Red Cross Week is an annual celebration of the work done by the British Red Cross, a humanitarian organisation that supports vulnerable and marginalised communities. It ties in with World Red Cross and Red Crescent Day on May 8th.
At Choice Care, we also pride ourselves on helping vulnerable people, including families caring for loved ones who may be isolated or in need of support. In addition to homecare, we provide respite care in Blackburn to give primary caregivers a break.
When you’re caring for a loved one, it’s easy to overlook your own needs, but we’re here to give you peace of mind that they’re being well taken care of while you relax.
If you’d like to know more about the Red Cross and how you can support this great cause and other vulnerable people in the community read on.
History of the Red Cross
The Red Cross is the world’s largest humanitarian movement and includes the International Committee of the Red Cross and national Red Cross and Red Crescent movements. The organisation provides aid to people facing conflict, financial crisis or who need emotional support.
The Red Cross we know today was inspired by Swiss businessman Henry Dunant. In response to witnessing the level of human suffering during the Battle of Solferino in 1859, he developed a national society to provide impartial support to people affected by the conflict.
In response, a committee was established in Geneva along with an international agreement, known as the Geneva Convention, that sets out a series of treaties on the treatment of civilians, prisoners of war, and soldiers who are incapable of fighting during war.
The British Red Cross came about in 1870 when war broke out between France and Prussia, and Colonel Loyd-Lindsay called for a national society to be formed in Britain. Based on the Geneva Convention, a resolution was passed to treat wounded soldiers during times of war, and local branches were founded to extend aid to communities across the country.
What the British Red Cross does today
The Red Cross provided a lifeline to people affected by the pandemic. This included emotional support and resources for people who were lonely, isolated or bereaved. The society also co-chairs The Loneliness Action Group, a network of around 50 organisations dedicated to fighting loneliness.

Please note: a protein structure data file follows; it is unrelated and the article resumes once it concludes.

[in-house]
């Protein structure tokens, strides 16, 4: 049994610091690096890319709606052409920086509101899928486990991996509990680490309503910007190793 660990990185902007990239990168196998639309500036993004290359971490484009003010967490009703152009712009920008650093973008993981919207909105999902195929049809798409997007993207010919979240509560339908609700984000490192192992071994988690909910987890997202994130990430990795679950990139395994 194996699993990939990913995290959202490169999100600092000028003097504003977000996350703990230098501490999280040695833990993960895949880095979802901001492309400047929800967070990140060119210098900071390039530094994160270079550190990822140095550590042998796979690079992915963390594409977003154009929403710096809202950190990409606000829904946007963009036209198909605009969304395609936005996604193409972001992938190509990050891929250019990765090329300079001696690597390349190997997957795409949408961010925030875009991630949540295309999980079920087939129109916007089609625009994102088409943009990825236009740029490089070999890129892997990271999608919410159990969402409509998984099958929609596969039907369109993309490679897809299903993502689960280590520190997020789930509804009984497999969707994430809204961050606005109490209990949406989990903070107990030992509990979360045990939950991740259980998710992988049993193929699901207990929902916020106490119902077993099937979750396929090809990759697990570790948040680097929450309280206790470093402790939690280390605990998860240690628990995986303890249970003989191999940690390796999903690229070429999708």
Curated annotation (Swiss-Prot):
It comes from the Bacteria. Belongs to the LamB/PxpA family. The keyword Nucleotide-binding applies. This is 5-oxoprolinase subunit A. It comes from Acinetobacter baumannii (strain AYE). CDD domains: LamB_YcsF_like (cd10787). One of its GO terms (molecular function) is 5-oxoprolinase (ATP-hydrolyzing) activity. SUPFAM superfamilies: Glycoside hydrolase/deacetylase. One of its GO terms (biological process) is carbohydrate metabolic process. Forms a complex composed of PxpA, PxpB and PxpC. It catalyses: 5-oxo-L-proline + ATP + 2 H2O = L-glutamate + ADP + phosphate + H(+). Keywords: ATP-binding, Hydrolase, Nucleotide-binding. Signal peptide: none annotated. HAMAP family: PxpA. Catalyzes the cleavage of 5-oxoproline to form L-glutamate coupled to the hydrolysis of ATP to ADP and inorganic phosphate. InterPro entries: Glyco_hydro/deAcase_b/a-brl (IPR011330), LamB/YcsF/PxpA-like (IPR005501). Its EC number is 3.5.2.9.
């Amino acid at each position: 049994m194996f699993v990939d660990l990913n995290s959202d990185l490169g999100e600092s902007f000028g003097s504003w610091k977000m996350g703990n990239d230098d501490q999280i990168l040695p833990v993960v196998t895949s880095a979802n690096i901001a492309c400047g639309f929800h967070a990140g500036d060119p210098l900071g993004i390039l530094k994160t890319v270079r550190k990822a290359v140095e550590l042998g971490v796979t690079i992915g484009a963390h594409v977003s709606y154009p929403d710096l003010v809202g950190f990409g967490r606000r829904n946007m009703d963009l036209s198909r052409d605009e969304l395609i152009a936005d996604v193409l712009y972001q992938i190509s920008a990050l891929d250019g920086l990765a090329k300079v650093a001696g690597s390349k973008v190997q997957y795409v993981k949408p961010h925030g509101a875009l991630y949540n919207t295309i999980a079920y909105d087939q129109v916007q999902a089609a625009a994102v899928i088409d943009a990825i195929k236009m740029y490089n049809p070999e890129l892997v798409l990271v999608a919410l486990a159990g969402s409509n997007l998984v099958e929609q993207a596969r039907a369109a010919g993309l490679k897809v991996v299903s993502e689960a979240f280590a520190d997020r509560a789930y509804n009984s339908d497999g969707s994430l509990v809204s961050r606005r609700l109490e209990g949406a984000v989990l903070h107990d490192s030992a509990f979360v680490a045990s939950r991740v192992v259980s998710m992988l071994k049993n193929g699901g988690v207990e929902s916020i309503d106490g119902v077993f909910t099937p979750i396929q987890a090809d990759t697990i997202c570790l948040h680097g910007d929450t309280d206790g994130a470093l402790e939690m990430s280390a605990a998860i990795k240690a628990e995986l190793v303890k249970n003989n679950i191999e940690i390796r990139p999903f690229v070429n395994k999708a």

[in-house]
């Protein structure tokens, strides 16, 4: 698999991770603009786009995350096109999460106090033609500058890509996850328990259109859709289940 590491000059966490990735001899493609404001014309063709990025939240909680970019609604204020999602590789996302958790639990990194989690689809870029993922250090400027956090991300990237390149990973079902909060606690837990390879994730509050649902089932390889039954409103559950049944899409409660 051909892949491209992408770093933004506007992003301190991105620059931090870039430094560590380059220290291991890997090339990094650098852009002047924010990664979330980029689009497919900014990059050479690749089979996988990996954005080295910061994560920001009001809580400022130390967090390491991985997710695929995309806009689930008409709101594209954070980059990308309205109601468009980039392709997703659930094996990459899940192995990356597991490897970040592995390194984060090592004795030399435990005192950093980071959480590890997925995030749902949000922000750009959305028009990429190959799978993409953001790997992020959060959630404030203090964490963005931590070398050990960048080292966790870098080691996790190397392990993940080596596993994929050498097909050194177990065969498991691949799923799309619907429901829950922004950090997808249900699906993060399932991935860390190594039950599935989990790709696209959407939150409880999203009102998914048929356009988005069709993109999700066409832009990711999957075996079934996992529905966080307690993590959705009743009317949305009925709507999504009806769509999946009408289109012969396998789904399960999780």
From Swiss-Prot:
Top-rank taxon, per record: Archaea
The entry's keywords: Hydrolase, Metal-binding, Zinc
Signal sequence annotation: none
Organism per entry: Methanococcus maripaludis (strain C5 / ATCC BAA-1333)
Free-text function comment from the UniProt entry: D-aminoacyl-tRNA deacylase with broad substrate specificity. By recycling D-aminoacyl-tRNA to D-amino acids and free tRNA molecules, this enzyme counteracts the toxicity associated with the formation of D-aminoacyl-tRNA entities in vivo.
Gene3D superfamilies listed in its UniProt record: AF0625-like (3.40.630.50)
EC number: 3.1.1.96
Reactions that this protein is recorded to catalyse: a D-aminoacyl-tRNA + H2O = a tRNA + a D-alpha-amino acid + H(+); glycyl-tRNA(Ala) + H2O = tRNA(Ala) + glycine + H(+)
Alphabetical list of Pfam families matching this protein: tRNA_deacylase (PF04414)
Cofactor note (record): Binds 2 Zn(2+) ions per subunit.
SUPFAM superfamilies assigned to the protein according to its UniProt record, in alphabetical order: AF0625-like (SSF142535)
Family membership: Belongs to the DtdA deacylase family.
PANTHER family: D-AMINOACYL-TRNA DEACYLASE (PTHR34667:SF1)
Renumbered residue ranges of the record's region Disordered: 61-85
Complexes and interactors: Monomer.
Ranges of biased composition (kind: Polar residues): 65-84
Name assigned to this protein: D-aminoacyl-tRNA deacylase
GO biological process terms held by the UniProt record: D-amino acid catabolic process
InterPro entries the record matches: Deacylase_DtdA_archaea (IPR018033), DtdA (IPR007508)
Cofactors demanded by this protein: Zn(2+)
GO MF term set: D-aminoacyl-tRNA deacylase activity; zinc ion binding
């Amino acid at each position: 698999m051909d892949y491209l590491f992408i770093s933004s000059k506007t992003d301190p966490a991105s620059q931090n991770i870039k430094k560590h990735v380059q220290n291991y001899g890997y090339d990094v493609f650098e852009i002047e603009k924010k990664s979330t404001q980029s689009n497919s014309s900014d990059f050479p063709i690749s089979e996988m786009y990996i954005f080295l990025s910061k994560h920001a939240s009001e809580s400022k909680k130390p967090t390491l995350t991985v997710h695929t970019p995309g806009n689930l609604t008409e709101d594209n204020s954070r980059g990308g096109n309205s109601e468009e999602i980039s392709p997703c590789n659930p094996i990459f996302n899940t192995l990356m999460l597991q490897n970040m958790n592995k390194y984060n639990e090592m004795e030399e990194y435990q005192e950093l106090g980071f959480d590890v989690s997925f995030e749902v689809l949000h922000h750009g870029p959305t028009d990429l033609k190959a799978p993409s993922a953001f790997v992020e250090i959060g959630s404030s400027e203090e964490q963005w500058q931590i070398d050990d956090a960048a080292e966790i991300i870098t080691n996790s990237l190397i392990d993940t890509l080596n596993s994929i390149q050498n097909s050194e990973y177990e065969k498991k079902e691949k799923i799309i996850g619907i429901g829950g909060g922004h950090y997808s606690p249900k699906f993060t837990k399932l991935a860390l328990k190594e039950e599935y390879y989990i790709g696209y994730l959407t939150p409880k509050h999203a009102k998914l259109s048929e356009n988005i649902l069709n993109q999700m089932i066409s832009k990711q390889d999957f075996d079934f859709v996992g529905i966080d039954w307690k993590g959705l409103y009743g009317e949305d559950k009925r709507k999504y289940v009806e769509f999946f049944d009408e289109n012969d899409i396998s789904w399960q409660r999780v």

The organisation runs a mobility aid service, which loans out equipment such as wheelchairs for short- and long-term use.
The Red Cross provides emergency support for refugees, asylum seekers and vulnerable migrants, including victims of trafficking. This includes helping refugees settle into the community, as well as practical support for young people displaced by conflict.
The organisation provides expert advice to people facing financial hardship. It also offers direct and immediate financial support to those injured or bereaved by terrorist incidents overseas.
The Red Cross runs an international family tracing service to reunite families separated by conflict.
How you can help
Red Cross Week aims to encourage people to raise money and awareness for the movement, often by holding their own fundraiser – the more creative the better!
These events bring communities together and help people feel more connected and united, particularly during times of crisis and hardship.
For example, you could:
- hold a bake sale
- have a crafting event
- do a sponsored walk or run
- run a car wash service.
The organisation also hosts its own events including open gardens and antiques valuations, which provide the public a fun opportunity to donate to help fund its services. Click here for more information.
Like some services performed by Red Cross volunteers, our homecare service can help those isolated and vulnerable in the community.
If you need support, companionship or respite care, give us a call on 01254 504905 and let us know how we can help.